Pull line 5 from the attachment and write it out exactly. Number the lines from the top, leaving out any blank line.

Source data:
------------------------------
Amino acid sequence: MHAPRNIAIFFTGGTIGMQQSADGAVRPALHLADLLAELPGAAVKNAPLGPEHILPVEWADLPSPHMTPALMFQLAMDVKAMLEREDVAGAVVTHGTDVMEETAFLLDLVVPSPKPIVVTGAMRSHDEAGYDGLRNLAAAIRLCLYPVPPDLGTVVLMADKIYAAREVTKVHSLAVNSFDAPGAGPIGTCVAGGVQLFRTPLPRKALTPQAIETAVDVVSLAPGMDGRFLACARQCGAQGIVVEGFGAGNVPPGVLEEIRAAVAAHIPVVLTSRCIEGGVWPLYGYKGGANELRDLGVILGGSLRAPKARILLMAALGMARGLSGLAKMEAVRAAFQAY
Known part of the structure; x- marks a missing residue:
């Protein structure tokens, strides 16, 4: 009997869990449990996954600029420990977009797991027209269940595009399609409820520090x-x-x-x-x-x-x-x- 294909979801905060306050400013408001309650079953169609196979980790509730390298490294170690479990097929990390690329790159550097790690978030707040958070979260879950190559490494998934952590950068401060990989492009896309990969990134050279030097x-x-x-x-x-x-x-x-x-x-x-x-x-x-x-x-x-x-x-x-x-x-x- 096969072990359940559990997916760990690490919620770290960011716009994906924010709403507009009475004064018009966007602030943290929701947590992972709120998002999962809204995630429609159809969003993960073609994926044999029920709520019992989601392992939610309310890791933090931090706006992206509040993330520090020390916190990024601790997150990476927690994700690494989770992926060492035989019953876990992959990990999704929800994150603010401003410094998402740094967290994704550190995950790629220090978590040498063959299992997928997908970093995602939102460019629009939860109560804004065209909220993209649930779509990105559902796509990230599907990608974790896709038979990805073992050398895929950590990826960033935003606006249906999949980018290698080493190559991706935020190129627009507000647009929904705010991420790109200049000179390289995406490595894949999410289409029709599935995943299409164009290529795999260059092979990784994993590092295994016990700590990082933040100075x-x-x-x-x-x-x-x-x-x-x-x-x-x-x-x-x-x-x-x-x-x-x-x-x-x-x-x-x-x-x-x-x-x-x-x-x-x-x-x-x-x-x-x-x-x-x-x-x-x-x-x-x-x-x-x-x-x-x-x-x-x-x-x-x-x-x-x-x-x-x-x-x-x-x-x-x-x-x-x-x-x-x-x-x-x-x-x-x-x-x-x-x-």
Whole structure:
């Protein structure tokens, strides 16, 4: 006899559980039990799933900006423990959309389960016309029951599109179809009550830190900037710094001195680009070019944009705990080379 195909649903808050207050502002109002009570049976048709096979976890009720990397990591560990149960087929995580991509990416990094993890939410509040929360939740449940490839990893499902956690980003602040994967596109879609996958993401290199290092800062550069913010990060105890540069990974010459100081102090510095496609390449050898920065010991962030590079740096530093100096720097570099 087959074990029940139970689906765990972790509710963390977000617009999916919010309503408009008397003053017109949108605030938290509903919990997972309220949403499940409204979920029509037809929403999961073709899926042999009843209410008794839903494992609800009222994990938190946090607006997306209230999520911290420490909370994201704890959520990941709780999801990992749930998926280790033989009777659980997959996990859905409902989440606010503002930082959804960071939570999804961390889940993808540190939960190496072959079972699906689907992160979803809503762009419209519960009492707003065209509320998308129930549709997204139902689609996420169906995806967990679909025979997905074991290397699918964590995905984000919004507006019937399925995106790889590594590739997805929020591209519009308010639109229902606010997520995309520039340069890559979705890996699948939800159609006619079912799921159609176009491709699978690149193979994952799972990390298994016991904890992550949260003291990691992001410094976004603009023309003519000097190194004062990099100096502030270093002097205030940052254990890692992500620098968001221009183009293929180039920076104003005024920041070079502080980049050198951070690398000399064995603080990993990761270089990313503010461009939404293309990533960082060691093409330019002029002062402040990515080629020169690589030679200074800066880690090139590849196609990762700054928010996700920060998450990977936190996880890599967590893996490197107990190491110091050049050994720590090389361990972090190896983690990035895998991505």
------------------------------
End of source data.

């Protein structure tokens, strides 16, 4: 006899559980039990799933900006423990959309389960016309029951599109179809009550830190900037710094001195680009070019944009705990080379 195909649903808050207050502002109002009570049976048709096979976890009720990397990591560990149960087929995580991509990416990094993890939410509040929360939740449940490839990893499902956690980003602040994967596109879609996958993401290199290092800062550069913010990060105890540069990974010459100081102090510095496609390449050898920065010991962030590079740096530093100096720097570099 087959074990029940139970689906765990972790509710963390977000617009999916919010309503408009008397003053017109949108605030938290509903919990997972309220949403499940409204979920029509037809929403999961073709899926042999009843209410008794839903494992609800009222994990938190946090607006997306209230999520911290420490909370994201704890959520990941709780999801990992749930998926280790033989009777659980997959996990859905409902989440606010503002930082959804960071939570999804961390889940993808540190939960190496072959079972699906689907992160979803809503762009419209519960009492707003065209509320998308129930549709997204139902689609996420169906995806967990679909025979997905074991290397699918964590995905984000919004507006019937399925995106790889590594590739997805929020591209519009308010639109229902606010997520995309520039340069890559979705890996699948939800159609006619079912799921159609176009491709699978690149193979994952799972990390298994016991904890992550949260003291990691992001410094976004603009023309003519000097190194004062990099100096502030270093002097205030940052254990890692992500620098968001221009183009293929180039920076104003005024920041070079502080980049050198951070690398000399064995603080990993990761270089990313503010461009939404293309990533960082060691093409330019002029002062402040990515080629020169690589030679200074800066880690090139590849196609990762700054928010996700920060998450990977936190996880890599967590893996490197107990190491110091050049050994720590090389361990972090190896983690990035895998991505």